A user interface may include a conventional earphone or speaker 17, a conventional microphone 19, a display 20, and a user input device, typically a keypad 22, all of which are coupled to the controller 18. The keypad 22 includes the conventional numeric (0-9) and related keys (#, *) 22 a, and other keys 22 b used for operating the mobile station 10. These other keys 22 b may include, by example, a SEND key, various menu scrolling and soft keys, and a PWR key. The mobile station 10 also includes a battery 26 for powering the various circuits that are required to operate the mobile station. The mobile station 10 also includes various memories, shown collectively as the memory 24, wherein are stored a plurality of constants and variables that are used by the controller 18 during the operation of the mobile station. Certain TDMA timing related parameters that are transmitted from the base station 30 to the mobile station 10 are typically stored in the memory 24 for use by the controller 18. It should be understood that the mobile station 10 can be vehicle mounted, handheld, or a stationary device. It should be further appreciated that the mobile station 10 can be capable of operating with one or more air interface standards, modulation types, and access types, and may thus be dual (or higher) mode device. It is understood that the receiver 16 also includes circuitry required for implementing the well known process of multiplying a bandpass signal by a periodic signal to obtain a new center frequency, i.e., mixing.

FIG. 3 shows a double balanced mixer, commonly known as a Gilbert cell mixer, with power supply 52. The two emitter coupled transistor pairs on the top 46-49 are variable gain differential amplifiers connected in a balanced structure so that if the dual transistor pairs 46-47 and 48-49 are assumed to perform as single pole, double throw switches, the currents 56-57 of the two outputs of the dual transistor pairs flows alternatively through the outer transistors 46,49 or through the inner transistors 47-48 depending on the local oscillator signal applied to input 54. The emitter currents, initially established by emitter resistors 42-43 and external current source 41, are varied differentially by the signal applied to the bottom pair of transistors 44-45 through input terminal 55. The collectors of outer transistors 46,49, are cross-coupled to the load resistors 50-51 while the collectors of the inner resistors 47-48 are connected directly to the load resistors 50-51. The result is mixed emitter currents 56-57 which are converted to a linear output voltage signal using load resistors 50-51. However, in practice the linear operating region of a simple mixer or Gilbert cell is not adequate because of the interdependency the DC operating point, the AC gain, and the current through either one of the transistor amplifiers 44-45 has on the selection of load resistors 50-51. This interdependency forces design trade off considerations when desiring the transistors 46-49 to amplify low input signal voltages, but remain within the linear operating region of the transistors 46-49.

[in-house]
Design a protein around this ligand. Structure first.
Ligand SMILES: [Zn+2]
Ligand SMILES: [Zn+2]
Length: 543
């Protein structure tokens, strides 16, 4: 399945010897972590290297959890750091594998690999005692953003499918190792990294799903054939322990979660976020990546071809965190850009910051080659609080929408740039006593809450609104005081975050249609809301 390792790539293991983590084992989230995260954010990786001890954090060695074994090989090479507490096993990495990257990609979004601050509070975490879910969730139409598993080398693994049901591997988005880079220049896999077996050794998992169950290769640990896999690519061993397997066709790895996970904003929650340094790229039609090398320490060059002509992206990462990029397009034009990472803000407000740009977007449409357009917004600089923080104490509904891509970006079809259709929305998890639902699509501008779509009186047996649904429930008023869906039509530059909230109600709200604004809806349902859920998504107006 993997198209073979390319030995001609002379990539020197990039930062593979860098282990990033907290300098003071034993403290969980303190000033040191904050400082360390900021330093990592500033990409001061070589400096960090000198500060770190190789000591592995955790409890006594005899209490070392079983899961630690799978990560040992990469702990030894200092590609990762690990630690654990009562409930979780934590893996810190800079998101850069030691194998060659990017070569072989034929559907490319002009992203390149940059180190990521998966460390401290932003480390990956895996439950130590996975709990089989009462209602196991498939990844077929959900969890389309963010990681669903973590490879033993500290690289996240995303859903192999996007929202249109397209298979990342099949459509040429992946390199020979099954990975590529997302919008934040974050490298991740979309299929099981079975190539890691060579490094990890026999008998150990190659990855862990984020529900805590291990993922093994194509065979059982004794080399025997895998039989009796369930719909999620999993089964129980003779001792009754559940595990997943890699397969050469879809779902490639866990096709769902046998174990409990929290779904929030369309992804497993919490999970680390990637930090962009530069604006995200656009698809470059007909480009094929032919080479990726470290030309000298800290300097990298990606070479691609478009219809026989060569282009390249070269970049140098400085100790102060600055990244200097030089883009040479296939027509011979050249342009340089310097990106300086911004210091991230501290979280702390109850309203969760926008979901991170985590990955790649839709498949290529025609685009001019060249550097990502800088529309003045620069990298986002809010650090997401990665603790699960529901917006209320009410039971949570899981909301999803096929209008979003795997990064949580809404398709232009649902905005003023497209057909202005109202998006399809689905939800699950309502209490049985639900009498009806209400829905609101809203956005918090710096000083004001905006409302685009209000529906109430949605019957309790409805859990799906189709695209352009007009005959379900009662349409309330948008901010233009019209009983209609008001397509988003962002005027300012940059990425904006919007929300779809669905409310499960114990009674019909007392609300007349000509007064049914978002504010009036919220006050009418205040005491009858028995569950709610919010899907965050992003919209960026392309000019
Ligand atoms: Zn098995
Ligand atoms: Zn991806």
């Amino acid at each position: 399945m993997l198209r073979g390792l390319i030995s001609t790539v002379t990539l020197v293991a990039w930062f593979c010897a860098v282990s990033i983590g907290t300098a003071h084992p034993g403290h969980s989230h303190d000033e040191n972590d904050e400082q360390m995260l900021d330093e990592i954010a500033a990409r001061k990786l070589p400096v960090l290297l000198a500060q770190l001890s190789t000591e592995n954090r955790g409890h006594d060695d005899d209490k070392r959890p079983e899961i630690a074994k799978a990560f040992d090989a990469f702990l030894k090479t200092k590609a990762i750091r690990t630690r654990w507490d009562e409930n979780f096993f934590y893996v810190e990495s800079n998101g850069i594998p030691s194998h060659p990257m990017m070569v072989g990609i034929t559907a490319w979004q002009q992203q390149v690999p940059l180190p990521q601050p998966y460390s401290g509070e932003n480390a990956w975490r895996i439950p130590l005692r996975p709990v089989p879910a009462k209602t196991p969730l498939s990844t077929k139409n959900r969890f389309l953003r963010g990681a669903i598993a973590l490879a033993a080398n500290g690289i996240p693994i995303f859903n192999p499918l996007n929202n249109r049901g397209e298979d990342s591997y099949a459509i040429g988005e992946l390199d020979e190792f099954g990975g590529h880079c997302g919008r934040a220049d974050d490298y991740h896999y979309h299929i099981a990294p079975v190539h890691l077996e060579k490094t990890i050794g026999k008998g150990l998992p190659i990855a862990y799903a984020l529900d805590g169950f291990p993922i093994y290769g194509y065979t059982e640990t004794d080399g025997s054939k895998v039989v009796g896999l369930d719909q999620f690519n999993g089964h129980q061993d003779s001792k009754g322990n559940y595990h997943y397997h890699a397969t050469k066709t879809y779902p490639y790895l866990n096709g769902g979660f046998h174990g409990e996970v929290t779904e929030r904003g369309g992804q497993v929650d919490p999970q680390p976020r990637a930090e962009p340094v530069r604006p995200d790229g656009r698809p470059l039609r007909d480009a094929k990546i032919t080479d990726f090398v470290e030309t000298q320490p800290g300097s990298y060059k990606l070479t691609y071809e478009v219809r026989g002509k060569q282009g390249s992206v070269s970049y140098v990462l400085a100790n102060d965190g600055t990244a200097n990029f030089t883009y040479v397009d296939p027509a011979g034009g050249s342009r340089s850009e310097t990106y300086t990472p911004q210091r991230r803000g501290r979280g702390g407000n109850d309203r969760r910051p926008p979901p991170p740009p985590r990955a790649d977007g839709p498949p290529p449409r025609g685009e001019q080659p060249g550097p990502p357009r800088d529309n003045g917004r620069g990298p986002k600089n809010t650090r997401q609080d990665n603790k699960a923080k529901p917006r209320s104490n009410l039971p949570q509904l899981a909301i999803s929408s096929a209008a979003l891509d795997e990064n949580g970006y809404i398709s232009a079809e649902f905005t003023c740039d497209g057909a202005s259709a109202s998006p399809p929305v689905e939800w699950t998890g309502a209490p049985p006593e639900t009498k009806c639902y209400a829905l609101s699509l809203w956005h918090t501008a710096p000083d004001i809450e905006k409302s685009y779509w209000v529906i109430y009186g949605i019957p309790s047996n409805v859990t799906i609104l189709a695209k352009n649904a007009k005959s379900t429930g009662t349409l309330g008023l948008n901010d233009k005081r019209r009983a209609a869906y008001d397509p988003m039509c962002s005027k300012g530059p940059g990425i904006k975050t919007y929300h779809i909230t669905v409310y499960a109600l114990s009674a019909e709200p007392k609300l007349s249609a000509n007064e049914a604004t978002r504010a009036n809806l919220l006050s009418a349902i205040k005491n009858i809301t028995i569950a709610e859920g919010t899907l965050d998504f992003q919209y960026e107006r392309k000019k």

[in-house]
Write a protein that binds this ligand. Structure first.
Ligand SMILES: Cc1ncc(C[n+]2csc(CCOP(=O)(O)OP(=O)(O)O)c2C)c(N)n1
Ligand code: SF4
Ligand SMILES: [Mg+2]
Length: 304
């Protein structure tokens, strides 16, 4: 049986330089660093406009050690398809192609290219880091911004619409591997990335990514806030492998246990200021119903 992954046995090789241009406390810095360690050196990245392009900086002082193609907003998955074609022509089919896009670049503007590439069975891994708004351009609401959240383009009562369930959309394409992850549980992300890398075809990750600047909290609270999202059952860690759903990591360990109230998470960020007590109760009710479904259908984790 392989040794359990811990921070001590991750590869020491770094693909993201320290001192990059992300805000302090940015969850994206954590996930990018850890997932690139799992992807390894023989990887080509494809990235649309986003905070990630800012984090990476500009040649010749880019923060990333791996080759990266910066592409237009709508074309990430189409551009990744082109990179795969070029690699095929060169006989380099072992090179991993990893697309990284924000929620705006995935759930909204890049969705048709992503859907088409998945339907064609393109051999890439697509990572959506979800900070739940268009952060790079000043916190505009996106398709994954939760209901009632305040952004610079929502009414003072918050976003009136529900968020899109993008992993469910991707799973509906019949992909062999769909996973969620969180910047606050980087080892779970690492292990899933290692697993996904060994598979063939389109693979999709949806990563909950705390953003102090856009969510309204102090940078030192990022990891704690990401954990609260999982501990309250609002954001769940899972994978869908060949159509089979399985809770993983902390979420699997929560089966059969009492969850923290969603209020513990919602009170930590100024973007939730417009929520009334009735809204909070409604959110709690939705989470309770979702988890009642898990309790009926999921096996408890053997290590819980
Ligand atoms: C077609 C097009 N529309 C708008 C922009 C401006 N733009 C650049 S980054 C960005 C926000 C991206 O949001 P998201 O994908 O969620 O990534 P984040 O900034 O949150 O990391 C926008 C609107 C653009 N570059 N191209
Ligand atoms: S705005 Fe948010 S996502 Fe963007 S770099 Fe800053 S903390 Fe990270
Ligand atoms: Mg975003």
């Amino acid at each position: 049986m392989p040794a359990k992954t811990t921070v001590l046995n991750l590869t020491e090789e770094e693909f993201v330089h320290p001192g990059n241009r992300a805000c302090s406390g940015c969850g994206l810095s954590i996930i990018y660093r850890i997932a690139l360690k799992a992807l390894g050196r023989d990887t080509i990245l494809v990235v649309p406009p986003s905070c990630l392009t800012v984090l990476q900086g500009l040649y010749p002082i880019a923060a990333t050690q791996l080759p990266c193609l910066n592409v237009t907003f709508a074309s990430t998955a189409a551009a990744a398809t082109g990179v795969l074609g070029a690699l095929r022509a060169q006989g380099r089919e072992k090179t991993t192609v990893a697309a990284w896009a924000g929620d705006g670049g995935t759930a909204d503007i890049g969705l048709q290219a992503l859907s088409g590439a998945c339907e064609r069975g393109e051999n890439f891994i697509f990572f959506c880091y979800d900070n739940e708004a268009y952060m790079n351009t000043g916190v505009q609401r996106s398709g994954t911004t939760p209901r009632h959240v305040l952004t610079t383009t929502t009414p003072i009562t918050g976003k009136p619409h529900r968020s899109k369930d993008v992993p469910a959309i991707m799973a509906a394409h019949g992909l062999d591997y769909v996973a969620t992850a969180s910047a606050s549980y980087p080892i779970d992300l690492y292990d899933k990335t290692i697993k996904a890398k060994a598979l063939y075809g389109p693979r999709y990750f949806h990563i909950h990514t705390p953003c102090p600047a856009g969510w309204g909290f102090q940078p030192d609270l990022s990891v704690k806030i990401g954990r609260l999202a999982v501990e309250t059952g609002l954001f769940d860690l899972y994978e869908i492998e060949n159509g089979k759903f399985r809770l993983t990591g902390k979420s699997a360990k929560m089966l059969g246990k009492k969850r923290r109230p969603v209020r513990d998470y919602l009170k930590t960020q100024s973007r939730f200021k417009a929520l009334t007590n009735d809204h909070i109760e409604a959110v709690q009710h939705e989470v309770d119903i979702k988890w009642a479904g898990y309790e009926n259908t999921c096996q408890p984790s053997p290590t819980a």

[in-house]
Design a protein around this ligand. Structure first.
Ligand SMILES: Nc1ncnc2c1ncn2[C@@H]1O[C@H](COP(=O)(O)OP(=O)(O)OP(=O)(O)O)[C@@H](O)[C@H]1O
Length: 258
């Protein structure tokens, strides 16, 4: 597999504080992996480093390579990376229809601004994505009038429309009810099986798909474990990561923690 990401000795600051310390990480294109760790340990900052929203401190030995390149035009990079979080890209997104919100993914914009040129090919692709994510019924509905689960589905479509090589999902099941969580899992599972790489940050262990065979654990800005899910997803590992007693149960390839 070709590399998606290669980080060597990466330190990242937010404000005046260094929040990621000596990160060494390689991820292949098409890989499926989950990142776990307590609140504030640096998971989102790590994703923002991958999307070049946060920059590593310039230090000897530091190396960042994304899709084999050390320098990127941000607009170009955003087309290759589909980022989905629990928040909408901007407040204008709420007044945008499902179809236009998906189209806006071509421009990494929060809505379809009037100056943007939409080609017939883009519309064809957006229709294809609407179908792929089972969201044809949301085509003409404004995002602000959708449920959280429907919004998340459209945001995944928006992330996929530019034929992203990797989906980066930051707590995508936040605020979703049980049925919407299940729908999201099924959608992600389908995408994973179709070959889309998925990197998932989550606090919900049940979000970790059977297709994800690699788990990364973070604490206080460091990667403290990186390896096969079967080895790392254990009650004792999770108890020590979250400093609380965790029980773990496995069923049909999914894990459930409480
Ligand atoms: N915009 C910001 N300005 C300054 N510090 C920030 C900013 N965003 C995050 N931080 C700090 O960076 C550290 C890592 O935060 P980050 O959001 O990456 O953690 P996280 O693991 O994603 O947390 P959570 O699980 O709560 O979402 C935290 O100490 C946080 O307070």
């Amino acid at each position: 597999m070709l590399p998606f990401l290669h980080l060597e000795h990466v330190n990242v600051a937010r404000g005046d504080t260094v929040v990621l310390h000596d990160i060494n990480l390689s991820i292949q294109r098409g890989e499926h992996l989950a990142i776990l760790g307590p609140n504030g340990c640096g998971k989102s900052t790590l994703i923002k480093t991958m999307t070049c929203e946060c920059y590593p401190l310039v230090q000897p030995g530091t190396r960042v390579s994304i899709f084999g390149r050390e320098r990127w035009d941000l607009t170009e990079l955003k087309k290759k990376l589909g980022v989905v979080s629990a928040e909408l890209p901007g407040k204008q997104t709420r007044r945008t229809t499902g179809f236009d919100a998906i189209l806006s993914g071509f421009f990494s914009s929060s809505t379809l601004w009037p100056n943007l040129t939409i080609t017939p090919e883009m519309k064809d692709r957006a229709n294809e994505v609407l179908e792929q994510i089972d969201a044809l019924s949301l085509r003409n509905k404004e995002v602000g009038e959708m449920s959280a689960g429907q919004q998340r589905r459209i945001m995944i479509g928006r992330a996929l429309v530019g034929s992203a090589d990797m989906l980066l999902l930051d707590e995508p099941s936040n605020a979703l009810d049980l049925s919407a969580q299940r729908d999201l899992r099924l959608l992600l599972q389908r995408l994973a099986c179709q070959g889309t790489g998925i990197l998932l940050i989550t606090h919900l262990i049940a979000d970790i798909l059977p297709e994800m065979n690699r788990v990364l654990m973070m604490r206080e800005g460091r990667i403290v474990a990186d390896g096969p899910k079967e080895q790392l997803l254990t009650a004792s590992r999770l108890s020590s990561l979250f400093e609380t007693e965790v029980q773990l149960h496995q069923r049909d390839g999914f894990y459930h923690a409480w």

Referring now to FIG. 4, there is shown a double balanced mixer incorporating features of the present invention. Signals to be mixed are supplied via terminals 1 and 2. Resistors 60-61, amplifier 62, and transistors 63 and 68 set the desired DC-potential on transistors 63 and 68 collectors which does not depend on collector DC current of the transistors 63,68. Parallel combinations of transistors 63,68 output resistances and resistors 64,67 form the AC-load which sets the gain which is independent of transistors 63,68 collector DC current and collector DC potential (it is assumed that the output resistances of transistors 63 and 68 are much higher than resistors 64 and 67 resistances.) Resistors 65,66 provide DC feedback to the amplifier 62. Circuit voltage is supplied by an external power supply 69 and an external current source 41 provides current as shown.

Referring now to the common-emitter amplifier circuits shown in FIGS. 5 and 6. The dashed area in FIG. 5 shows a second embodiment of the present invention as claimed, replacing a typical fixed transistor collector resistance 91 as shown in FIG. 6. In general, the DC operating conditions of FIG. 6 are established by the transistor collector supply voltage 92, the transistor collector resistance 91, and a DC bias voltage 94 established on the transistor base 90.

Using Kirchhoff's voltage law to Examine the DC conditions of the collector circuit shown in FIG. 6 yields the following well known voltage equation:

V cc =V ce +I c R c

also known as the loadline equation. Note the dependency on Rc. The loadline equation is a first order equation which is typically represented by a straight line drawn through the collector characteristics for a particular transistor connected in a common emitter configuration. Two points on the line are found by setting limiting conditions on the collector circuit. For example, one point is located by setting Vce, to 0 V. The loadline equation then reduces to Vcc=IcRc, and the maximum value the collector current can assume is Ic(max)=Vc. Again note the dependency on the resistor Rc. The second point is located by setting Ic to 0 mA. The loadline equation then reduces to Vce=Vcc and the maximum value the collector can assume is Vce(max)=Vcc. The two points are located on a graph of the transistor's characteristics and connected by a straight line, and referred to as the DC loadline. The quiescent or Q operating point is located along the DC loadline by selecting a transistor base biasing arrangement to produce the desired DC base current into the transistor 90. In general, the bias voltage 94 and hence the Q point, is selected to allow the input RF signal coupled through capacitor 93 and imposed on the DC base current to be amplified without distortion (i.e.: operate in the linear region of the transistor). The amplification or voltage gain of the input signal follows the formula: Av=(Ai*Rc)/ri, where Av=voltage gain, Ai=current gain, Rc=resistance on the transistor collector, represented here by 91, and ri=input resistance of the transistor 90. Again, note the dependency on the resistance Rc. It can be seen from the aforementioned dependencies on Rc that certain tradeoffs must be made when designing a transistor amplifier circuit. For example a large transistor collector resistance 79 required for high gain would at the same time alter the DC operating conditions of the transistor circuit by altering the DC loadline such that small changes in transistor base current could produce distortion of the output signal.